Lab Research

The microbial cells that colonize the human body outnumber human cells by an order of magnitude. Recent advances in high throughput sequencing technologies have unveiled great variability in the ecological communities of microbes that inhabit the human body, and shifts in the species composition have been associated with multiple chronic conditions, such as diabetes, inflammatory bowel disease, and obesity. Although the human microbiome is influenced by environmental factors, microbial communities also interact with human cells through the immune system and metabolic pathways.

We study host genomic factors that control and interact with the microbiome. We utilize high-throughput genomics technologies and employ computational, statistical, network-theory, data mining, and population genetic analytical approaches, with the goal of understanding how we interact with our microbial communities, how host-microbe interactions affect human disease, and how the symbiosis between us and our microbiome evolved.

Our research is driven by the following questions:

1. What are the molecular and genetic mechanisms controlling host-bacteria interactions? Which genes and pathways are involved in both the host and microbiome side?

2. How does host genetic variation control interactions with our microbiome? What are the effects of different environments and genetic backgrounds across human populations?

3. How did the complex symbiosis between us and our microbiome evolve throughout human history? Can we identify signatures of coevolution in human and microbial genomes?

4. How do host-microbiome interactions control susceptibility to complex disease? What are the unique roles of host genetics, bacterial communities, and environmental exposures?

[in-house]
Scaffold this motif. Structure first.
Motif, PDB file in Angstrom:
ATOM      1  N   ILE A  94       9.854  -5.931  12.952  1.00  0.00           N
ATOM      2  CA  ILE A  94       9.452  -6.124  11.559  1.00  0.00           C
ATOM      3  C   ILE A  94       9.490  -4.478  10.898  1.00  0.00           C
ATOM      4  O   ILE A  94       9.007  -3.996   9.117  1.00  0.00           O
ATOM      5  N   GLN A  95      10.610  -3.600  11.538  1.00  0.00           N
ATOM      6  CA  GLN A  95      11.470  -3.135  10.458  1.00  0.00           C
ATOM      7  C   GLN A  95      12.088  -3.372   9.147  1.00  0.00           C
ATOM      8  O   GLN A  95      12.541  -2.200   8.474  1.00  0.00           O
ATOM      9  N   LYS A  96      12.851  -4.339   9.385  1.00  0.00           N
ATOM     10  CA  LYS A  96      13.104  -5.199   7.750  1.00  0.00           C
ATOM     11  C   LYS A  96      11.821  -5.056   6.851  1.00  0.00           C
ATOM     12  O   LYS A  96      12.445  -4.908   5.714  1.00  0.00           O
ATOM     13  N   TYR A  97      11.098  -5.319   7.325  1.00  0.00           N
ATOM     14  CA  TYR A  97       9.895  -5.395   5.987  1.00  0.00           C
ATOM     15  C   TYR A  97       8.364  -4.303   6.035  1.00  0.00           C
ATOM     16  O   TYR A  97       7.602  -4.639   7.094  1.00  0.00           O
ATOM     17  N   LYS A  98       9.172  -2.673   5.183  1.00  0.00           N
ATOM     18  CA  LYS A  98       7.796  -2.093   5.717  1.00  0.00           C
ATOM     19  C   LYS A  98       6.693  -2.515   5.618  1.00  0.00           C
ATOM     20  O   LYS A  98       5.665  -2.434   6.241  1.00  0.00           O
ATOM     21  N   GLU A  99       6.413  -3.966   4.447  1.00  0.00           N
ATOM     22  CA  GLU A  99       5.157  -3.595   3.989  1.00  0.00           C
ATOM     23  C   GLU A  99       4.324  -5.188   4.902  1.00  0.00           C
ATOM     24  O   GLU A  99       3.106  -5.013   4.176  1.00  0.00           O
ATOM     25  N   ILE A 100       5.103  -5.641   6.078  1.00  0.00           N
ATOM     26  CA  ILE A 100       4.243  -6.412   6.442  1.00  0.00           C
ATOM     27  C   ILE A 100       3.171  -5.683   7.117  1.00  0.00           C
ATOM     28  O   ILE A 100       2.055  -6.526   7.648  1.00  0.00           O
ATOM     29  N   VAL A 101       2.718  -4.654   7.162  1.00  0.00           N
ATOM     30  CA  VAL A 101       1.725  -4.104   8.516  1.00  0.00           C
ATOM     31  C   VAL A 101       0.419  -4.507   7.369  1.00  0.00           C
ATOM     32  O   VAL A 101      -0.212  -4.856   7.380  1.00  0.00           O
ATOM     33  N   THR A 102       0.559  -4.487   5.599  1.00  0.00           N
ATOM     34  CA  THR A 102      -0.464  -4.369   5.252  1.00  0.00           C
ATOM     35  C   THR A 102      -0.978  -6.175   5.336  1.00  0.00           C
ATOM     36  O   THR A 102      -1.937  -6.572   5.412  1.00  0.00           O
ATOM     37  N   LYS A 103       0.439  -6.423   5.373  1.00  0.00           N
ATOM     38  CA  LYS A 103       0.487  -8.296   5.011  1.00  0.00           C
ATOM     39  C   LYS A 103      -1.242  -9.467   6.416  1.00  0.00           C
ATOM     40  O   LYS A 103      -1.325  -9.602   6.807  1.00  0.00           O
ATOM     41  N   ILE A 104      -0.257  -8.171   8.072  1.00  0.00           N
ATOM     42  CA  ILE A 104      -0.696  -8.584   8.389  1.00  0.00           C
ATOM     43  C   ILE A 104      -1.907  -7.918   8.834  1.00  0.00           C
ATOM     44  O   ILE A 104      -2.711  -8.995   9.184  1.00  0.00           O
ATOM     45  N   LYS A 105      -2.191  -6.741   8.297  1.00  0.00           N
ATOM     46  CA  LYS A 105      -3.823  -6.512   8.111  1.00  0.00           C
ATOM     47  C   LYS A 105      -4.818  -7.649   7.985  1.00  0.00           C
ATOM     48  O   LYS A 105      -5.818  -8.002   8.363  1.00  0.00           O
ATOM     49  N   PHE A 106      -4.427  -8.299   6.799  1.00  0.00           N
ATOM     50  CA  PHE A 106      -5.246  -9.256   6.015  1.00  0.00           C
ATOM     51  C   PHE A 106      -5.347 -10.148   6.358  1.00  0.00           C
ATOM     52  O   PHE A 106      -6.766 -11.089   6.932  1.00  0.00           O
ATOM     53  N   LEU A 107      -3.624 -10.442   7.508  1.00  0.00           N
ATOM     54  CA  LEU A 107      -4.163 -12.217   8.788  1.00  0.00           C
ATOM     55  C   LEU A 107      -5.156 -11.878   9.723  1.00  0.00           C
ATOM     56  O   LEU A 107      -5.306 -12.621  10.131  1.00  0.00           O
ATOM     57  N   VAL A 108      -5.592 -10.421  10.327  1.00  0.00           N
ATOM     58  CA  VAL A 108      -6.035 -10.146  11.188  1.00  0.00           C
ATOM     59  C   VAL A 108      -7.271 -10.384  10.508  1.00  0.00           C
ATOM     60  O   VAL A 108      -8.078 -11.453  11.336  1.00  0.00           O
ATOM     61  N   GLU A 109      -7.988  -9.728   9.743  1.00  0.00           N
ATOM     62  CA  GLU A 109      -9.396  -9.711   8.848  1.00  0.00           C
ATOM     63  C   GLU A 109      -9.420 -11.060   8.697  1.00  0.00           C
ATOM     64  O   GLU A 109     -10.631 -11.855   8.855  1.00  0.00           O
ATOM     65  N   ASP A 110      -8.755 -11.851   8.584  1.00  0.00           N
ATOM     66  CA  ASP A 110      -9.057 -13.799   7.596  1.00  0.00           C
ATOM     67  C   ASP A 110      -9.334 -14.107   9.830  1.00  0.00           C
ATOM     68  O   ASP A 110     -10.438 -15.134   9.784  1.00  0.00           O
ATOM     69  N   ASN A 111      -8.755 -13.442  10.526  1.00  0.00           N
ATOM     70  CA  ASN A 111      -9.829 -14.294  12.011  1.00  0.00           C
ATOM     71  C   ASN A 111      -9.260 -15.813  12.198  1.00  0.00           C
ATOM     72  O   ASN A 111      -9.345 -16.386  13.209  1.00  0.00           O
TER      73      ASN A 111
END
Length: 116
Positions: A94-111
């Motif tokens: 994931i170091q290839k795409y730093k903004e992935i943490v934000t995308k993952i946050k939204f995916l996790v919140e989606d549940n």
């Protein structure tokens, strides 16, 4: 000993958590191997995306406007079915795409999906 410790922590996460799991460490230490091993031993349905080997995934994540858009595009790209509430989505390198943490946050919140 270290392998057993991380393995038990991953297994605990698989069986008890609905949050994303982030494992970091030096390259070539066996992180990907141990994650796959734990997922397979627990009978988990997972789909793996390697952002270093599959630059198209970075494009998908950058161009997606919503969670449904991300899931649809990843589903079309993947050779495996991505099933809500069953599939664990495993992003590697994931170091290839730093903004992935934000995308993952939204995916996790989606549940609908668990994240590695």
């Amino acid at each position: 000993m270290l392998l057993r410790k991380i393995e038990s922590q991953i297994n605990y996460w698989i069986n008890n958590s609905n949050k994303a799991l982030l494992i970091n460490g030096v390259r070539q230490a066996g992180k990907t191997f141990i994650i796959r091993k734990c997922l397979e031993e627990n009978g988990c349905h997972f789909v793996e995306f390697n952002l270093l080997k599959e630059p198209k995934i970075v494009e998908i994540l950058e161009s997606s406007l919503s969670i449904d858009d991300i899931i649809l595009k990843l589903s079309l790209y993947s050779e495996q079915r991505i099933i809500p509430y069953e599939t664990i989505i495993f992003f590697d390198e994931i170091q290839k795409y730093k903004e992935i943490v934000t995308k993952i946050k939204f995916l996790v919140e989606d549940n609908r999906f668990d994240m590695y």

Complex diseases in humans are thought to be affected by multiple common and rare genetic variants with varying effects on disease susceptibility. These variants are scattered in genes that may interact, or are involved in the same cellular pathway. Colleagues and I have recently completed a study on the genetics basis of neural tube defects (NTD), a severe complex developmental disorder that affects 0.1-1% of the population and involves multiple metabolic and signaling pathways. Using nanodroplet-based enrichment technologies followed by next-generation sequencing, we have identified disease-associated rare genetic mutations, for which functional studies in model organisms are currently underway. Current and future research includes using a systems-based approach to uncover and characterize disease-causing genetic variants, and use mathematical modeling of metabolic pathways to understand their effect on network dynamics.

Gene regulation is thought to have a major role in human adaptation, and recent studies have found a link between inter-primate differences in gene expression and various phenotypes. Previously, I have studied patterns of gene expression and sequence divergence to identify signatures of selection on gene regulation in primates. Recently, I have used primate transcriptomics and metabolomics data, and found that genes that physically interact, or involved in the same metabolic reactions, tend to change their expression in concert between species and across individuals.

My current and future work involves studying such co-regulation and co-evolution among interacting genes, to help elucidate how complex cellular pathways evolve to lead to novel phenotypic adaptations. I use whole genome and exome sequences of thousands of human individuals, and employ population-genetic and statistical approaches to identify signatures of co-evolution based on metabolic, signaling, and regulatory network topology.



We are grateful to the following organizations for their generous support of our research: